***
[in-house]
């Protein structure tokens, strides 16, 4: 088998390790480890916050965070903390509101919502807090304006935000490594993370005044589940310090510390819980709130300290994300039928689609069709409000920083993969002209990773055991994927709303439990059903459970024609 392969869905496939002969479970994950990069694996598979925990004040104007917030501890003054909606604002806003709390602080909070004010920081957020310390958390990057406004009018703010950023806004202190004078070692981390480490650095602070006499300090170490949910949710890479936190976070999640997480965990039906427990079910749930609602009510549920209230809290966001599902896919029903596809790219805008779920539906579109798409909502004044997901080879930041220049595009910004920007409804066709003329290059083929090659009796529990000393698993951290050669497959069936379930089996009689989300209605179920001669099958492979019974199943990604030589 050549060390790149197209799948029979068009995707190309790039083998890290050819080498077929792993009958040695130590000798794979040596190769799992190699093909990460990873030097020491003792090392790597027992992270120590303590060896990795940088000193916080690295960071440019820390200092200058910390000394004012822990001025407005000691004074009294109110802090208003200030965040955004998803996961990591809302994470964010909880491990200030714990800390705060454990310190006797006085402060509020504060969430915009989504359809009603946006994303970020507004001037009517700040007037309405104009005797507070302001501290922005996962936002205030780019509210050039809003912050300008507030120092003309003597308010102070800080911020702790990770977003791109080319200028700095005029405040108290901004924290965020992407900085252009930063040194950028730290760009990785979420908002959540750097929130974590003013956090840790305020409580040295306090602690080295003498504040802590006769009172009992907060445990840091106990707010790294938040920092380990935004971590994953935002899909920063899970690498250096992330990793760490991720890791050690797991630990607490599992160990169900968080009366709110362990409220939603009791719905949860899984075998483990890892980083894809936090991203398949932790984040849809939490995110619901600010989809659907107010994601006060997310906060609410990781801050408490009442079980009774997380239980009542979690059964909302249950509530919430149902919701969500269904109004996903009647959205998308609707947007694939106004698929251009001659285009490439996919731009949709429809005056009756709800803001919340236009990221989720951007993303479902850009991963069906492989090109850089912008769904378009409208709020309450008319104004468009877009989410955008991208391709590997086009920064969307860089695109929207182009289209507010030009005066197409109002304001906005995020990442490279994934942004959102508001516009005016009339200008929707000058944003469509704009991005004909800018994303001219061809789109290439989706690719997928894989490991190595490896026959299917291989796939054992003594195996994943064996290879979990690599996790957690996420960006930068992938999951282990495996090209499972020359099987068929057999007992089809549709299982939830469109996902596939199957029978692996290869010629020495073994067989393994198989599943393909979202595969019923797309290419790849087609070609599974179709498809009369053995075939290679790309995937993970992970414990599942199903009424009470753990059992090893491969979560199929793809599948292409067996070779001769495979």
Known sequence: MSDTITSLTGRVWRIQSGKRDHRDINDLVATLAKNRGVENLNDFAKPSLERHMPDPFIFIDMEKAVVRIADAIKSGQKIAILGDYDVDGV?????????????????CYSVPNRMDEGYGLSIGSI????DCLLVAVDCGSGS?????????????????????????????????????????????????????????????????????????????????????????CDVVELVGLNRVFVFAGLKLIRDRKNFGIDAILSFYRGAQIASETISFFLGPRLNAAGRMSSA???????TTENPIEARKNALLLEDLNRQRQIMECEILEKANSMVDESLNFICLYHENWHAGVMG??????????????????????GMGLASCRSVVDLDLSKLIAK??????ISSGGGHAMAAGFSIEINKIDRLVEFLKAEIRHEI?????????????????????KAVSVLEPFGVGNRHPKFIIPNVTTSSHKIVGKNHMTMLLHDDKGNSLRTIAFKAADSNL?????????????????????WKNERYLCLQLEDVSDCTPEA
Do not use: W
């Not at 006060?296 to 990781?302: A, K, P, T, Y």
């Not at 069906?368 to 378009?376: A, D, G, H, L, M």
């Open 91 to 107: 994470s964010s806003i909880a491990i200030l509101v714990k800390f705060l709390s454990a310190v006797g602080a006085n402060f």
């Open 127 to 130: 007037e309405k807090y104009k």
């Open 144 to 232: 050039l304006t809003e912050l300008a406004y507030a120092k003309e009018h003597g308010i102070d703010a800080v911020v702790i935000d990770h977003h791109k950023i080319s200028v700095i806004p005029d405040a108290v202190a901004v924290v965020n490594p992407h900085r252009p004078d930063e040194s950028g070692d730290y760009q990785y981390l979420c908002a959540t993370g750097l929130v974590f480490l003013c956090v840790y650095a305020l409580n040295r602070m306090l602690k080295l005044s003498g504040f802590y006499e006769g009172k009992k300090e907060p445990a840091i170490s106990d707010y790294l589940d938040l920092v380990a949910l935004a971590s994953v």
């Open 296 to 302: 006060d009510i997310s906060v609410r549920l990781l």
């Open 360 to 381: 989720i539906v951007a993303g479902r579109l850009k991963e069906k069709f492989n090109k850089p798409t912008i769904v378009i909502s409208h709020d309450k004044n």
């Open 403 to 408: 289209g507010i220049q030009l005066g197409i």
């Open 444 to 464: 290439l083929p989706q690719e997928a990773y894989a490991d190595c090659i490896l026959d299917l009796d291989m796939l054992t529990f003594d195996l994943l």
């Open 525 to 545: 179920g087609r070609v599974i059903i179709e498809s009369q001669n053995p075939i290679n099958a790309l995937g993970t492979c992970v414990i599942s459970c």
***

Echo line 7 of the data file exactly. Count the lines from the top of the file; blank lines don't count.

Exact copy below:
């Open 91 to 107: 994470s964010s806003i909880a491990i200030l509101v714990k800390f705060l709390s454990a310190v006797g602080a006085n402060f």